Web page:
An amusement park for rich vacationers. The park provides its customers a way to live out their fantasies through the use of robots that provide anything they want. Two of the vacationers choose a wild west adventure. However, after a computer breakdown, they find that they are now being stalked by a rogue robot gun-slinger. Written by
K. Rose <firstname.lastname@example.org>
In several scenes, most noticeably when the guests first arrive in Delos, the announcer calls Westworld "Westernworld". See more »
Interviewer of Delos Guests:
[hosting a commercial]
Hi. Ed Renfrew for Delos again. If there's anyone who doesn't know what Delos is, well, as we've always said: Delos is the vacation of the future, today. At Delos, you get your choice of the vacation you want. There's Medieval World, Roman World and, of course, Westworld. Let's talk to some of the people who've been there.
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Before I begin my comments, let me admit right from the start that this is one of my very favorite movies of all time. I fell in love with it when I first saw it in the theatre at age 12 and I've never gotten over it. Even though I'm much older today, I maintain beyond personal nostalgic bias that WESTWORLD is a tight, brisk, intense, thrilling, totally satisfying 88 minutes of good fun.
Somewhere in the near future, an enterprise called Delos has developed the ultimate vacation resort. For the cost of a mere $1,000 a day, adult guests may choose to live their fantasies out in one of three different environments: Romanworld, Medievalworld, or Westworld. These resorts are each populated by very human-like robots who are programmed to serve every whim of the customer. State of the art computer technology ensures that everything's safe and that nothing can possibly go wrong.
Richard Benjamin and James Brolin are two cowboy-wannabe friends who choose the 1880's Westworld for their unusual getaway. They make love to robot saloon women, participate in wild bar room brawls, and frequently get bullied around by a tough humanoid gunslinger dressed all in black (Yul Brynner, spoofing his look from THE MAGNIFICENT SEVEN), who is automatically obliged to get riddled up with bullets, repaired by technicians overnight as the guests sleep, and then shot up all over again for the next day.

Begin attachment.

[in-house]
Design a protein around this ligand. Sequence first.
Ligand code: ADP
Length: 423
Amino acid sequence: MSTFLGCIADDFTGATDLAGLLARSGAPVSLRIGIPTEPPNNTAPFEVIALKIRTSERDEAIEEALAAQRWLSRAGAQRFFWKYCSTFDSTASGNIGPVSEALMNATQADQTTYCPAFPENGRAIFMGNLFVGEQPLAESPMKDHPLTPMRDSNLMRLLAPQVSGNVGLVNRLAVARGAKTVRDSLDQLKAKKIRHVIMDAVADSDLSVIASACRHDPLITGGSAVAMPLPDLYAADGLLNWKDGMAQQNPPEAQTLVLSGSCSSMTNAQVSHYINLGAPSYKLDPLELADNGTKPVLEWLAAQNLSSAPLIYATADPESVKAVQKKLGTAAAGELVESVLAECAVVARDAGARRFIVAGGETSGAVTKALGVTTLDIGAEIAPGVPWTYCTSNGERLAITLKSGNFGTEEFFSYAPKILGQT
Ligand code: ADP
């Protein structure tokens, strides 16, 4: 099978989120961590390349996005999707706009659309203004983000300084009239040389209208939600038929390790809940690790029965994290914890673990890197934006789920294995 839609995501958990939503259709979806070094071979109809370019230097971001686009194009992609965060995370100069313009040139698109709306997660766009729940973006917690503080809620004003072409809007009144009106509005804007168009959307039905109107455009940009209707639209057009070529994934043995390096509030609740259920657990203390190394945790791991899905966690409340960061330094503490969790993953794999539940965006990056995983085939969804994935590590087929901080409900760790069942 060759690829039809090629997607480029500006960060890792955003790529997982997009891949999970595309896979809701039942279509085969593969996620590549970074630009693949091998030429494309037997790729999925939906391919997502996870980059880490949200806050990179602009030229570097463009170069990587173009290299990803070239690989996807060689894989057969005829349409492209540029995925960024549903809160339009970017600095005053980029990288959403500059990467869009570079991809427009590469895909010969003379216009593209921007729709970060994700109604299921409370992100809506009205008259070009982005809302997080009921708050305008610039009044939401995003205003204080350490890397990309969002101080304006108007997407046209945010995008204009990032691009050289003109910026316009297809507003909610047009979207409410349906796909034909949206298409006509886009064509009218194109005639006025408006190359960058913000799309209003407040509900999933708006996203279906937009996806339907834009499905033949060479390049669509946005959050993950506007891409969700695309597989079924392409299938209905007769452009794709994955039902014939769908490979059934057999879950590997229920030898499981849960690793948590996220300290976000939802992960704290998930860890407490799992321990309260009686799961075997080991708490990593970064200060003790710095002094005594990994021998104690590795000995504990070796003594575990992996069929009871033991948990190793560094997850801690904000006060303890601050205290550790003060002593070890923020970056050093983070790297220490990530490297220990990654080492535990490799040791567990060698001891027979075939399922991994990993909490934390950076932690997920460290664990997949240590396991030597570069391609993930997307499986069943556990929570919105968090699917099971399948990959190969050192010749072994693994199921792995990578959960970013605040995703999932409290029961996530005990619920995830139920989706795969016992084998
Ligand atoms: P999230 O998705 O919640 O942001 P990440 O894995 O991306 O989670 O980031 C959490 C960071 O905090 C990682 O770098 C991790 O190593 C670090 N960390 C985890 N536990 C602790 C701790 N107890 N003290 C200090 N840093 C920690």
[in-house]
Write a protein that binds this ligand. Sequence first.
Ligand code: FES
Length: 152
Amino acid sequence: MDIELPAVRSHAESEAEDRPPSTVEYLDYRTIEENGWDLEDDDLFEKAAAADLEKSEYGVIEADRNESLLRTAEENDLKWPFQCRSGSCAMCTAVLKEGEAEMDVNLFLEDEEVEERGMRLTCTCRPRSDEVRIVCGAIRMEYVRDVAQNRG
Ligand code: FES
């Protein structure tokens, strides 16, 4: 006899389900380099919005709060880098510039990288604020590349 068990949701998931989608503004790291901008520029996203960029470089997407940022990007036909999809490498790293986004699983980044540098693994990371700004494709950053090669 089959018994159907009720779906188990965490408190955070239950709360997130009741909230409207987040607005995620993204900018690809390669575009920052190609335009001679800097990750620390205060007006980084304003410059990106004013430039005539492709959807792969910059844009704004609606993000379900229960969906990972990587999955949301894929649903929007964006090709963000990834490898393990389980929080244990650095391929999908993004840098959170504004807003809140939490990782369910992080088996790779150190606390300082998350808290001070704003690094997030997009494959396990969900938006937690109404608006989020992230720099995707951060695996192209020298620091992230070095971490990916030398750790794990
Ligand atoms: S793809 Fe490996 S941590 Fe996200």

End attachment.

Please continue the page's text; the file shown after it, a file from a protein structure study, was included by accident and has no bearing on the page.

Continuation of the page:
All is pure fun and games until something unidentifiable in the computer system begins to malfunction, and suddenly the world of Disney devolves into a place of horror. No longer taking orders to play dead, the robots are out to kill the guests, and the ominous gunslinger develops a frightening taste for the kill as he becomes an unstoppable walking menace, 10 years before Arnold Schwarzenegger's Terminator ever hit the screens.
Author Michael Crichton (THE ANDROMEDA STRAIN) wrote the screenplay and directed his first film with WESTWORLD, and it's an impressive debut in that he's able to keep the action moving along at a comfortable pace, using a small budget to its full advantage, and fashioning a real good-time movie experience that is at the same time both fun and foreboding. James Brolin and Richard Benjamin are completely likable in their parts, but it is Yul Brynner's multi-layered conception of the gunslinging robot who changes from willing court jester to deadly assassin that's the main draw.
Also a major asset is Fred Karlin's versatile music score. Changing from standard period western piano to a violins and whistles shindig, and finally to a weird techno-western mechanical hybrid when moods start to change for the worst, this is a very engaging soundtrack.
So why don't you make arrangements to take the Delos hovercraft to Medievalworld, Romanworld or Westworld? Contact them today or see your travel agent. Boy, have they got a vacation for you...!
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